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change root password

Created by dave. Last edited by dave, 10 years and 55 days ago. Viewed 2,854 times. #1
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Changing the MySQL Root Password

(if you don't know what it is)

  • Log on to your system as the Unix mysql user that the mysqld server runs as.
  • Locate the .pid file that contains the server's process ID. The exact location and name of this file depend on your distribution, host name, and configuration. Common locations are /var/lib/mysql/, /var/run/mysqld/, and /usr/local/mysql/data/. Generally, the file name has an extension of .pid and begins with either mysqld or your system's host name. You can stop the MySQL server by sending a normal kill (not kill -9) to the mysqld process, using the path name of the .pid file in the following command:
    shell> kill `cat /mysql-data-directory/`
    Note the use of backticks rather than forward quotes with the cat command; these cause the output of cat to be substituted into the kill command.
  • Create a text file and place the following statements in it. Replace the password with the password that you want to use. The UPDATE and FLUSH statements each must be written on a single line. The UPDATE statement resets the password for all existing root accounts, and the FLUSH statement tells the server to reload the grant tables into memory.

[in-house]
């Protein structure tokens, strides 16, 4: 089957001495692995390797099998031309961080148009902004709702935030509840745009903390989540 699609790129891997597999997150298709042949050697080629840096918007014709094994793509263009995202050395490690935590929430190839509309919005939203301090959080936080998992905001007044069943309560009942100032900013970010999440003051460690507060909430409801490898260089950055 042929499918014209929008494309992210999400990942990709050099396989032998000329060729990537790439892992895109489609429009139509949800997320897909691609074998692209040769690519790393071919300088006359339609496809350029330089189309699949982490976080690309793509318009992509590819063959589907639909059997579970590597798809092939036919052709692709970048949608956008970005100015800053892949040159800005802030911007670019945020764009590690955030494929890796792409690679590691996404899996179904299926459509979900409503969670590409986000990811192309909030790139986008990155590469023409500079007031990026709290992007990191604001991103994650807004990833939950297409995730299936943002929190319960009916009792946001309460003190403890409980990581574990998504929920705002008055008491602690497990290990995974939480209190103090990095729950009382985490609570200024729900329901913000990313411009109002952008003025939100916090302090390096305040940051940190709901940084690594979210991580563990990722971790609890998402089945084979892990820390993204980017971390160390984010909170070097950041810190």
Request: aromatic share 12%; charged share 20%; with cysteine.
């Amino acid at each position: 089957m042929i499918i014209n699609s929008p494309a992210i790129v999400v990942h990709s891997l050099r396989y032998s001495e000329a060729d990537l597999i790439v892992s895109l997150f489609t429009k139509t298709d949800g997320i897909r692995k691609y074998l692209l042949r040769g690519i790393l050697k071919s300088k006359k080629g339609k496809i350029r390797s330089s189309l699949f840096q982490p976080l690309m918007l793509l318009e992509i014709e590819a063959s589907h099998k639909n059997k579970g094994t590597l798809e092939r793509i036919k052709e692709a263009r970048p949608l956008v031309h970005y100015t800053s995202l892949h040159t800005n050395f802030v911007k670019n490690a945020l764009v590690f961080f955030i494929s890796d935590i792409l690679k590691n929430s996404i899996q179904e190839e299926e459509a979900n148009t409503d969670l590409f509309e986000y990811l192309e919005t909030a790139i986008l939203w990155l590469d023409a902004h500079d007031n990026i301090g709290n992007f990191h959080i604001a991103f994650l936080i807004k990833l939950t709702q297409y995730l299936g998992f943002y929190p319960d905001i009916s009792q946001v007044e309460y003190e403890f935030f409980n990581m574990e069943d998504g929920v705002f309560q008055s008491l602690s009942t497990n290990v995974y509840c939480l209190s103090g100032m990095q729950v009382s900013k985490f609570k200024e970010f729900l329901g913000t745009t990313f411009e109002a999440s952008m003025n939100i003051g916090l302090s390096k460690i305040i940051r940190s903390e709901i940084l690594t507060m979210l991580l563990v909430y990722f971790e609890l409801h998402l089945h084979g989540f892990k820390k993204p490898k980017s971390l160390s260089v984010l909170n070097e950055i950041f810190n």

UPDATE mysql.user SET Password=PASSWORD('MyNewPass') WHERE User='root';
  • Save the file. For this example, the file will be named /home/me/mysql-init. The file contains the password, so it should not be saved where it can be read by other users. Note that it has to be somewhere that the MySQL user can read it, so leaving it in /root won't work.
  • Start the MySQL server with the special --init-file option:
    shell> mysqld_safe --init-file=/home/me/mysql-init &
    The server executes the contents of the file named by the --init-file option at startup, changing each root account password.
  • After the server has started successfully, delete /home/me/mysql-init.
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